We try to find through a scientific search engine articles that cite the primary article, but Google Scholar does not provide any results while others (Crossref, Dimensions) find some results. It turns out, in fact, that Google Scholar and Crossref or Dimensions do not use the same process to retrieve citations: Google Scholar uses the actual text of the scientific article while Crossref or Dimensions uses the article metadata provided by the publishing houses.

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To understand the extent of the manipulation, we next examined three scholarly journals that appeared to highly cite Hindawi's article. Here's our three-step approach:

  • We first explicitly list existing references in the HTML or PDF versions of articles;

  • We then compare these lists with the metadata recorded by Crossref, an agency that assigns DOIs and their metadata. We discover that some additional references have been added here, but they do not appear in the articles;

  • Finally, we investigated a third source, Dimensions, a bibliometrics platform that uses Crossref metadata to count citations. Here again we see contradictions.

The result ? In these three journals, at least 9% of recorded references were “ghost references”. These additional references do not appear in the articles, but only in the metadata, skewing the citation count and giving an unfair advantage to some authors. Some references that are actually present in articles are also “lost” in the metadata.

Implications and potential solutions

Why is this discovery important? The number of citations greatly influences research funding, academic promotions, and institutional rankings. They are used differently depending on institutions and countries, but they always play a role in this type of decision.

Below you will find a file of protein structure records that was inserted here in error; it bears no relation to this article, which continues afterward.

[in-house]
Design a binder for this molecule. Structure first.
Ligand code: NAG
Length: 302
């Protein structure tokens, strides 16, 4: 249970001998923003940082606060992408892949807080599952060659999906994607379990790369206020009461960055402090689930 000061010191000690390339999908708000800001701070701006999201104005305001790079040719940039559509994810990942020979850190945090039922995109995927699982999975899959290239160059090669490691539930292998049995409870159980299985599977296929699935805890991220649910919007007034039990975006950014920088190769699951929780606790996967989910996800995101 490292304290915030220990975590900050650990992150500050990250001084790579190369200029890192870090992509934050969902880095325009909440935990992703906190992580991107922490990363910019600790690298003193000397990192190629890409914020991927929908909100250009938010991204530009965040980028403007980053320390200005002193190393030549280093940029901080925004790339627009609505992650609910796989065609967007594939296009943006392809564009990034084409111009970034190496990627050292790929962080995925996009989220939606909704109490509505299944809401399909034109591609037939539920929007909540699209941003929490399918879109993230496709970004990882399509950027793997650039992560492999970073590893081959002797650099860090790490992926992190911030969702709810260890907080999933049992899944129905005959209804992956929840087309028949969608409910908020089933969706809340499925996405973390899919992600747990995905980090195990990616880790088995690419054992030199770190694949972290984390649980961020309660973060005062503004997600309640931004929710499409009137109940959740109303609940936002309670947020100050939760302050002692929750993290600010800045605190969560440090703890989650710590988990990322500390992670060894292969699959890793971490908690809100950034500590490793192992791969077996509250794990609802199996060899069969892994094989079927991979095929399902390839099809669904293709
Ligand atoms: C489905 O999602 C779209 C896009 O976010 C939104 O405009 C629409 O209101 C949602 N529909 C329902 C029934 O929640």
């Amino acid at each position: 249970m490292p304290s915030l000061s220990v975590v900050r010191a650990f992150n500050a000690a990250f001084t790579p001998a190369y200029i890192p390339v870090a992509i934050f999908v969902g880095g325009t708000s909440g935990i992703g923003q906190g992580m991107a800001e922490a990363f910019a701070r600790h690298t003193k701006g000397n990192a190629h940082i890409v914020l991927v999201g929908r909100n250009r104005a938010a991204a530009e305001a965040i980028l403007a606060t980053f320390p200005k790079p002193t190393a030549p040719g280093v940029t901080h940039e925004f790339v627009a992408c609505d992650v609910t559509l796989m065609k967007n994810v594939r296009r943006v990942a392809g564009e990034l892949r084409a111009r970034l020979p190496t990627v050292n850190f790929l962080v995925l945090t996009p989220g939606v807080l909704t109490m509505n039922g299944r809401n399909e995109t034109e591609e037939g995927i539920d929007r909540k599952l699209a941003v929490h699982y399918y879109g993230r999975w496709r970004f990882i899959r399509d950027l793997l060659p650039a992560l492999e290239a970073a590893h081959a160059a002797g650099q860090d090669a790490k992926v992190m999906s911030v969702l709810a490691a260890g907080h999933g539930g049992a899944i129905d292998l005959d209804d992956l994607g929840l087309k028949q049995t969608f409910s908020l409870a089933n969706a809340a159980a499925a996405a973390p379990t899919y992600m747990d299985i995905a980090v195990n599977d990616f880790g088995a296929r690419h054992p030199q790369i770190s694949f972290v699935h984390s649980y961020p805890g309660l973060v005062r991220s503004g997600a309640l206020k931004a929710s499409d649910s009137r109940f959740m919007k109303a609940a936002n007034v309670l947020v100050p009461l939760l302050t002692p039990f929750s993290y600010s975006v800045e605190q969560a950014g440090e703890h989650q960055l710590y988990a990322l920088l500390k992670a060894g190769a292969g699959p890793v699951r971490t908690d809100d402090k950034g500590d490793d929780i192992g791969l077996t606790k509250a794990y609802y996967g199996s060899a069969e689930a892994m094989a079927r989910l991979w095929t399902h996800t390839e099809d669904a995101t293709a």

Manipulating citations can therefore lead to unfairness and making decisions based on faulty data. What is most disturbing is that this discovery raises questions about… Integrity of scientific impact measurement systems, which has been in the spotlight for several years already. Indeed, many researchers have pointed out in the past that these measures can be manipulated, but more importantly, they have generated unhealthy competition among researchers, who may therefore be tempted to take shortcuts to publish more quickly or obtain better results. Therefore, it will be cited more. The most dramatic consequence of these measures of researcher productivity lies above all in… Waste of effort And based on Scientific resources Because of the competition created by these measures.

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To combat this practice, the Invisible College, an informal group of scientific investigators to which our team contributes, recommends several measures:

  • Strict metadata verification by publishers and agencies like Crossref.

  • Independent audits to ensure data reliability.

  • Increase transparency in the management of references and citations.

This study highlights the importance of the accuracy and integrity of metadata, as it is also subject to manipulation. It is also important to note that Crossref and Dimensions have confirmed the study's findings and the publishing house appears to have made some corrections that tampered with the metadata entrusted to Crossref and, by side effect, to bibliometrics platforms like Dimensions. While waiting for corrective action, which is sometimes Too long, or even non-existentThis discovery reminds us of the need for continued vigilance in the academic world.